The Methodists have done themselves honor by the praises they have bestowed on Francis Xavier, a Jesuit. They have published his life, and to day, if I have time, I will quote from it some beautiful extracts.

They and other Protestants have also published Thomas a Kempis, or the christian pattern. Where, except in the Gospel, can purer morality be found ? And Thomas a Kempis was a monk. We are told that Sacchi said that the Albigenses and Vaudois made a show of piety. That is a fact, and a pretty show it was. I will not read the indicated, but forbidden page of narrative sincere-better blot it with a tear!

If the pope is charged with severity to kings, it is because kings were tyrants and the pope was the advocate of the weak, and the enemy of arbitrary power. The people were crushed, and had no resource but in the influence which God gave to the head of the church.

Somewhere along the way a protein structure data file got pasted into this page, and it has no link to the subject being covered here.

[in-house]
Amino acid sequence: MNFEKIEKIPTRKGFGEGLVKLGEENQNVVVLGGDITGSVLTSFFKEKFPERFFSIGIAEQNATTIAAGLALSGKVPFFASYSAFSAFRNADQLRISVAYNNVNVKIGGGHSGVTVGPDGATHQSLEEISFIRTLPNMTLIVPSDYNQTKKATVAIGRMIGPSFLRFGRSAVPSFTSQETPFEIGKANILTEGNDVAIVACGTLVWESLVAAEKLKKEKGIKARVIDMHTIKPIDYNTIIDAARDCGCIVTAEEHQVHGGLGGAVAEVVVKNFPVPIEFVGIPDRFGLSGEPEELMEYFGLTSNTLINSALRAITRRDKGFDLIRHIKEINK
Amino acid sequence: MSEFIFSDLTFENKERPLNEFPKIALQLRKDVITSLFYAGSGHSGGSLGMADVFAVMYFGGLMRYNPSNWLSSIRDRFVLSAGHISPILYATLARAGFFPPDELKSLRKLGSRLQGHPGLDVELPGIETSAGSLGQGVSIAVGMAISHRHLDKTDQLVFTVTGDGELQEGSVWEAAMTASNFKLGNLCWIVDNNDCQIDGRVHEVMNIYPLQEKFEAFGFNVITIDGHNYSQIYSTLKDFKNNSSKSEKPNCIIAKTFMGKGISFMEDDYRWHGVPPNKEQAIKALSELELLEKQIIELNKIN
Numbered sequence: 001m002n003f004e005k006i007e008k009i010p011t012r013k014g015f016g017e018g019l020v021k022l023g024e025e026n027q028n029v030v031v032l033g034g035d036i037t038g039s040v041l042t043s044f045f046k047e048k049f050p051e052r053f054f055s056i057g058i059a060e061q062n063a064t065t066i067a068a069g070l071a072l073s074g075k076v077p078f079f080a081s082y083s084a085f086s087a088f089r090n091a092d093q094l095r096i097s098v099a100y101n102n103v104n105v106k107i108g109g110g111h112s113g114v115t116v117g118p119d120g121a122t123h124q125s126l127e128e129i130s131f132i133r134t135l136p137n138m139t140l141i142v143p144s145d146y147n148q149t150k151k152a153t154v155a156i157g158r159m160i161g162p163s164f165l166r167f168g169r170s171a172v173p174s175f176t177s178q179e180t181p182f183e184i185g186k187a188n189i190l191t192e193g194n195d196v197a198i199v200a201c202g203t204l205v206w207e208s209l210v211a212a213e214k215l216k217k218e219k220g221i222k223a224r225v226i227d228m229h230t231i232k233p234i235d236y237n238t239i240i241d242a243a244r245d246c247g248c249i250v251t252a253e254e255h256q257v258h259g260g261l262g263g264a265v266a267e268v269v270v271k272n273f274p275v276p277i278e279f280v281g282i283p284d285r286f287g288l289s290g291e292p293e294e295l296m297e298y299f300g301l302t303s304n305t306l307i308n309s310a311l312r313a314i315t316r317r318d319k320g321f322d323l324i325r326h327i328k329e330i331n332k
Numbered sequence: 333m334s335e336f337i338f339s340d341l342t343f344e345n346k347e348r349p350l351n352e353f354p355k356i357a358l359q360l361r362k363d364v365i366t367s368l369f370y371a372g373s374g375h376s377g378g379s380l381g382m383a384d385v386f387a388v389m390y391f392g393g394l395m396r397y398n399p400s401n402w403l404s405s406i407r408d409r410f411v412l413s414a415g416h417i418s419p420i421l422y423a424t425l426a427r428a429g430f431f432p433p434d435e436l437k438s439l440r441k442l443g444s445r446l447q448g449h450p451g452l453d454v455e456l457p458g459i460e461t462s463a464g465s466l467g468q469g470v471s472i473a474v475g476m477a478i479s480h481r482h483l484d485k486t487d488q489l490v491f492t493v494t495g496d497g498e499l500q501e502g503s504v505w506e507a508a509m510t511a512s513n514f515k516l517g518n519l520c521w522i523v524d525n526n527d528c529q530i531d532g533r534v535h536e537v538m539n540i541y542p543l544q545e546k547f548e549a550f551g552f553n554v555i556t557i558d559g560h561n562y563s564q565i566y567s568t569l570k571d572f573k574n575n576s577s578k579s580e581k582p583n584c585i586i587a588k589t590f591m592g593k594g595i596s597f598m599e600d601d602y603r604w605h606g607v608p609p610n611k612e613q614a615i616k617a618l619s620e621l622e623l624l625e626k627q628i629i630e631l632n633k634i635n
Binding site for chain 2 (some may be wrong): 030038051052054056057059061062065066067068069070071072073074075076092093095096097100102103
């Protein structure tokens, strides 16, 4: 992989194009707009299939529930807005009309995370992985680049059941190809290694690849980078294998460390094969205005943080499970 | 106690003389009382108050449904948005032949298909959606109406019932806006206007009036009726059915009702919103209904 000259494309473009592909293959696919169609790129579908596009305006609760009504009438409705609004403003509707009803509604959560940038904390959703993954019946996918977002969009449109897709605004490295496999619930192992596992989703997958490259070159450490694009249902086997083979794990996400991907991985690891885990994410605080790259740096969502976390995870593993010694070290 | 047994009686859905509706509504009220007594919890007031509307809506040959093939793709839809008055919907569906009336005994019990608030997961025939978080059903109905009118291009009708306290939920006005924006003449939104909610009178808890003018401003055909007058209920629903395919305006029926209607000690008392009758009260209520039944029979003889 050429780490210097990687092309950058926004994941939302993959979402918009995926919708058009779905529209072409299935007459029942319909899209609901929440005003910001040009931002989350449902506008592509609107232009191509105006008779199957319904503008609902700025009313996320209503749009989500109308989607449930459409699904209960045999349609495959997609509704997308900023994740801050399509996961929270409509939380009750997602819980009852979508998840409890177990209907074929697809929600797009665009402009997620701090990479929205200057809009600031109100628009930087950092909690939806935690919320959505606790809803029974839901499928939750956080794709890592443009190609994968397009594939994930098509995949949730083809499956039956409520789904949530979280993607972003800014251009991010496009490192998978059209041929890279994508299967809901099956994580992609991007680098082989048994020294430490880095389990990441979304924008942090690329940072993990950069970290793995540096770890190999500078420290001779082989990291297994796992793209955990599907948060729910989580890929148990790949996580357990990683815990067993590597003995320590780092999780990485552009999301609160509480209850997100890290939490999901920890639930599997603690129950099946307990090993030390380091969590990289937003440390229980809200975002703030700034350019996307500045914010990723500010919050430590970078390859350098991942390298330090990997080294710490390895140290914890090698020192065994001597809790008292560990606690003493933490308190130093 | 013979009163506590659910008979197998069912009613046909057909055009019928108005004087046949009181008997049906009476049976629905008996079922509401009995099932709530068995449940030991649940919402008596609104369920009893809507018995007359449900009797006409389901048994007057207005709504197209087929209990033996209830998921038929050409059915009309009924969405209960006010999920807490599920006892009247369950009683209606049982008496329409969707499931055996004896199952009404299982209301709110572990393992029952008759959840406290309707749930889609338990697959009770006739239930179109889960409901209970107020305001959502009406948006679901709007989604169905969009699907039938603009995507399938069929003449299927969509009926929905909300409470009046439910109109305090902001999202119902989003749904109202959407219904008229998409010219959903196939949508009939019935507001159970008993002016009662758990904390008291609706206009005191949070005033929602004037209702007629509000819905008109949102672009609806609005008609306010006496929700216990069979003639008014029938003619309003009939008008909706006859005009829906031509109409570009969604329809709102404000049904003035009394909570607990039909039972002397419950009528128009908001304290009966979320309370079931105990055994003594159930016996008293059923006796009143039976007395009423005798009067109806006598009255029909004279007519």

“With all its errors, (the papacy's,) its corruptions, and its crimes, it was, morally and intellectually, the conservative power of christendom. Politically, too, it was the savior of Europe; for, in all human probability, the west, like the east, must have been overrun by Mahommedanism, and sunk in irremediable Jegradation, through the pernicious institutions which have everywhere accompanied it; if, in that great crisis of the world, the Roman church had not roused the nations to an united and prodigious effort commensurate with the danger.

In the frightful state of society which prevailed during the dark ages, church everywhere exerted a controlling and remedial influence. Every place of worship was an asylum, which was always respected by the law, and generally even by lawless violence. It is recorded, as one of the peculiar miseries of Ste phen's miserable reign, that during those long troubles,